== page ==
Public transit is a big part of many climate policies, but what exactly are the benefits of a good transit system? For one, it’s safer than a car: A new study from the Victoria Transport Policy Institute finds that better transit equals fewer traffic fatalities. Transit-oriented cities (such as Vancouver) with multi-modal transportation and high-density housing close to major routes have about one fifth the traffic fatality rate per capita as car-oriented cities with less effective transit (such as Houston, Texas). With transportation making up 24 per cent of Canada’s greenhouse gas (GHG) emissions contributions, riders can feel good knowing they’re staying safe while helping the climate. That is, of course, so long as it actually does. Interestingly, public transit may not actually reduce the number of cars on the road. Other research finds that latent demand for space on roads means that when more people take transit, others who had been dissuaded from driving by congestion will begin to drive until the road is again at capacity (although there is some evidence from a 2003 transit strike in Los Angeles that transit reduces congestion along roads that parallel major transit corridors). But how can we know the effectiveness of transit at reducing GHGs if there seem to be just as many cars on the road? One strategy measures emissions per passenger-mile, or a person’s emissions when traveling a mile by car versus public transit. Heavy rail such as subways and trains produce 76 per cent fewer emissions per passenger mile than a car; buses produced 33 per cent fewer.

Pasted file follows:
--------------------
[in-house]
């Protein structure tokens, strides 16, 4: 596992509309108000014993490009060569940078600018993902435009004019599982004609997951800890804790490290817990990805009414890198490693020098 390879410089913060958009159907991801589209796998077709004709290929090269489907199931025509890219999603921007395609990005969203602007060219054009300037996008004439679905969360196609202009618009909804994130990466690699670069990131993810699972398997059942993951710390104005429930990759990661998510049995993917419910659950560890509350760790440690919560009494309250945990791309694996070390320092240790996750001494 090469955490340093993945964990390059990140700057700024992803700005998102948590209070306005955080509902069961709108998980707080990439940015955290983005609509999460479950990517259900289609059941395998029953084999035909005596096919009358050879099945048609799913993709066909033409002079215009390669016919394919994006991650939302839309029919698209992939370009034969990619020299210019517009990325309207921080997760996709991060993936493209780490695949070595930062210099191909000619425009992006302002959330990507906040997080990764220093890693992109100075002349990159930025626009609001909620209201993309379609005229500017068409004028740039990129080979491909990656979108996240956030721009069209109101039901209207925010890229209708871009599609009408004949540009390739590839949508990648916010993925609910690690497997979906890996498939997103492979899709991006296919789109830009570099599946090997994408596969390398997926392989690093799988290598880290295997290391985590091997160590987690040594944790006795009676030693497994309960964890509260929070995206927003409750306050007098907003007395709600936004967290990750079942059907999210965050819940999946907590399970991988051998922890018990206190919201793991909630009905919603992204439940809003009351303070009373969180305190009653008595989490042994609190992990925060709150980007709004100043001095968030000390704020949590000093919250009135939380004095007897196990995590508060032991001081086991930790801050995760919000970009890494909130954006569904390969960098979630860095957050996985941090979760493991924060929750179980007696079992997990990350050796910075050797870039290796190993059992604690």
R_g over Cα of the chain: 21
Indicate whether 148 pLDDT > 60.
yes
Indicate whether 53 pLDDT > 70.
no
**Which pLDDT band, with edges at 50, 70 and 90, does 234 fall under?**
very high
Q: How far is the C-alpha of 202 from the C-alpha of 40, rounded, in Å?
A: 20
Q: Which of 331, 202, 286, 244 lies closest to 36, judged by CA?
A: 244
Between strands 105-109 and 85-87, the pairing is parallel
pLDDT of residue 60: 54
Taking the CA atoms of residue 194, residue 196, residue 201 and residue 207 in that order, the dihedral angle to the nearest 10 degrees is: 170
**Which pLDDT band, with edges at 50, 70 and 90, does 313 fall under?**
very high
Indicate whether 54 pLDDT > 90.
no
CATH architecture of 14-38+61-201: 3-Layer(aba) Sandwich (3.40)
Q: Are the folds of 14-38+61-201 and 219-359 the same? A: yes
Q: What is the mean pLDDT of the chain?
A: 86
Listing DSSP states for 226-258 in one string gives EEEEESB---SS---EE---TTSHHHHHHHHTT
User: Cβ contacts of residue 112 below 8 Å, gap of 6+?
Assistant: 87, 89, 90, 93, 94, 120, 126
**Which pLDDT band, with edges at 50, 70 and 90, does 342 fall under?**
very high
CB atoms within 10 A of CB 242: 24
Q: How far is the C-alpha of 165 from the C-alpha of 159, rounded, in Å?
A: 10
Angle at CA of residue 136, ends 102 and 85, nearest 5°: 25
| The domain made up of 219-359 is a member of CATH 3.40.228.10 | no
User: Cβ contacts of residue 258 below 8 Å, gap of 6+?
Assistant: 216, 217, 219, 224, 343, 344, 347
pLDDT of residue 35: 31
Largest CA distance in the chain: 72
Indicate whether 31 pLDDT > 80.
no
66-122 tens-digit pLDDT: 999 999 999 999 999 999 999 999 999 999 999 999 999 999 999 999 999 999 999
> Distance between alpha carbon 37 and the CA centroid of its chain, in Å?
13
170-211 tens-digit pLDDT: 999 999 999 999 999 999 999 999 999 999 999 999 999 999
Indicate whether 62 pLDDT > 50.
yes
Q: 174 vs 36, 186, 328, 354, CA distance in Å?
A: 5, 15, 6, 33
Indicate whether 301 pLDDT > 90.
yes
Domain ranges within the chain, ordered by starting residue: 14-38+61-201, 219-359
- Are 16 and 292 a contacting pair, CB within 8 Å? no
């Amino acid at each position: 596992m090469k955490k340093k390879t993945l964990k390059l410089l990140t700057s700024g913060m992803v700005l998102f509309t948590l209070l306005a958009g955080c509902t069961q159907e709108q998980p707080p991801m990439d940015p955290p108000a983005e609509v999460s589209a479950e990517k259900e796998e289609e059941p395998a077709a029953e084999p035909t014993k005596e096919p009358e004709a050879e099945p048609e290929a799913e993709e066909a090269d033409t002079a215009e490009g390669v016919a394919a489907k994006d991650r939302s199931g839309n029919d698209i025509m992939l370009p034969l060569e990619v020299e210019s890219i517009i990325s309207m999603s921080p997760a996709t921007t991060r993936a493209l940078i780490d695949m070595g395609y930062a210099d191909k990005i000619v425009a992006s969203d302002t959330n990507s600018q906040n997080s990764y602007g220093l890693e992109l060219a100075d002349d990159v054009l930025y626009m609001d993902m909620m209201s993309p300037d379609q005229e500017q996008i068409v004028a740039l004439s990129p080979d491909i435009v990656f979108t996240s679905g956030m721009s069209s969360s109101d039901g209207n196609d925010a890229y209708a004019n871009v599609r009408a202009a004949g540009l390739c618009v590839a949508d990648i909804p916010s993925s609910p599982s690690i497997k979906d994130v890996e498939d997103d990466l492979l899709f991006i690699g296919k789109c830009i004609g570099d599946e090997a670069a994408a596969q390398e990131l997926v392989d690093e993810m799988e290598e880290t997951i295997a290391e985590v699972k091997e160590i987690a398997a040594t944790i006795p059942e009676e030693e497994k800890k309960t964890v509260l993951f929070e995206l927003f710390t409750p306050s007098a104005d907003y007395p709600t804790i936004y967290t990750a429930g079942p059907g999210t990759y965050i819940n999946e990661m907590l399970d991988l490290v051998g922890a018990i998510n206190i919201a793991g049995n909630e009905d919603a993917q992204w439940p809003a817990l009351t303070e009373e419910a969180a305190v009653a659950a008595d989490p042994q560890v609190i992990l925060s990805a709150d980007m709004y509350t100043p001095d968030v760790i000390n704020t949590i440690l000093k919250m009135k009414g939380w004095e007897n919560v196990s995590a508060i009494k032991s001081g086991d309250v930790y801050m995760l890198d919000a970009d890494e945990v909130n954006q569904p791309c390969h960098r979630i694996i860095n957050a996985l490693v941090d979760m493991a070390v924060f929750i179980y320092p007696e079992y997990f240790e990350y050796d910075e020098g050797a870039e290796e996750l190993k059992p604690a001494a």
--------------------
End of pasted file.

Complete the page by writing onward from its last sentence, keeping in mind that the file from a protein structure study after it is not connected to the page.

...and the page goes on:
Metro Vancouver has long been touted as ‘green’ district, but spurred by increasing traffic congestion problems, it is tackling the transit question head on. A Translink fare hike and reduction of some services left passengers disgruntled last year and plans for future transit are in limbo. The Metro Vancouver Mayors’ Council has proposed a tax increase in order to fund future transit plans, and will hold a public referendum in March. The proposed plans include a new SkyTrain line down Broadway, more buses, and light rail in Surrey. Proponents say the changes are needed to solve the problem of congestion. The evidence suggests it may or may not help that issue – but strategic planning and fuel-efficient transit will definitely help the climate.
The Climate Examiner speaks to BC-based Carbon Engineering about the technology, the business and the policies that could make direct air capture, synfuels and carbon sequestration work.